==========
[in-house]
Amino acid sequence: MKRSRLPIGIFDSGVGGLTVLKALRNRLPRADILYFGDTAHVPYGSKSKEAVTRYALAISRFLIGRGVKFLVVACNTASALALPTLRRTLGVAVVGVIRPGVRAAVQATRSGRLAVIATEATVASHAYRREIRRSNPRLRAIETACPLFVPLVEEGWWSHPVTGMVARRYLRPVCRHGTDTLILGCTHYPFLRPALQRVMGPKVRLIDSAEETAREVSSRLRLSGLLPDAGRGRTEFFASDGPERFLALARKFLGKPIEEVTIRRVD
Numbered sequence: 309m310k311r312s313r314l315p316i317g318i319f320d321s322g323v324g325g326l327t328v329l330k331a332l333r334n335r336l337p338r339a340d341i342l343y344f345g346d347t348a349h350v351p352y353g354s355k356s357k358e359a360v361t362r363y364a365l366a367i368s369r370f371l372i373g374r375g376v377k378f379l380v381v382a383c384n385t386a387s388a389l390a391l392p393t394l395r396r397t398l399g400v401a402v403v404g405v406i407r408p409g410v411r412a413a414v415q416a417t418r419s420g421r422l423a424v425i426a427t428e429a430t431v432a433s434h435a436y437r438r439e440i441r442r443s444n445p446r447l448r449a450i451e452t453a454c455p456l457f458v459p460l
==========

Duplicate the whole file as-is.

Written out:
[in-house]
Amino acid sequence: MKRSRLPIGIFDSGVGGLTVLKALRNRLPRADILYFGDTAHVPYGSKSKEAVTRYALAISRFLIGRGVKFLVVACNTASALALPTLRRTLGVAVVGVIRPGVRAAVQATRSGRLAVIATEATVASHAYRREIRRSNPRLRAIETACPLFVPLVEEGWWSHPVTGMVARRYLRPVCRHGTDTLILGCTHYPFLRPALQRVMGPKVRLIDSAEETAREVSSRLRLSGLLPDAGRGRTEFFASDGPERFLALARKFLGKPIEEVTIRRVD
Numbered sequence: 309m310k311r312s313r314l315p316i317g318i319f320d321s322g323v324g325g326l327t328v329l330k331a332l333r334n335r336l337p338r339a340d341i342l343y344f345g346d347t348a349h350v351p352y353g354s355k356s357k358e359a360v361t362r363y364a365l366a367i368s369r370f371l372i373g374r375g376v377k378f379l380v381v382a383c384n385t386a387s388a389l390a391l392p393t394l395r396r397t398l399g400v401a402v403v404g405v406i407r408p409g410v411r412a413a414v415q416a417t418r419s420g421r422l423a424v425i426a427t428e429a430t431v432a433s434h435a436y437r438r439e440i441r442r443s444n445p446r447l448r449a450i451e452t453a454c455p456l457f458v459p460l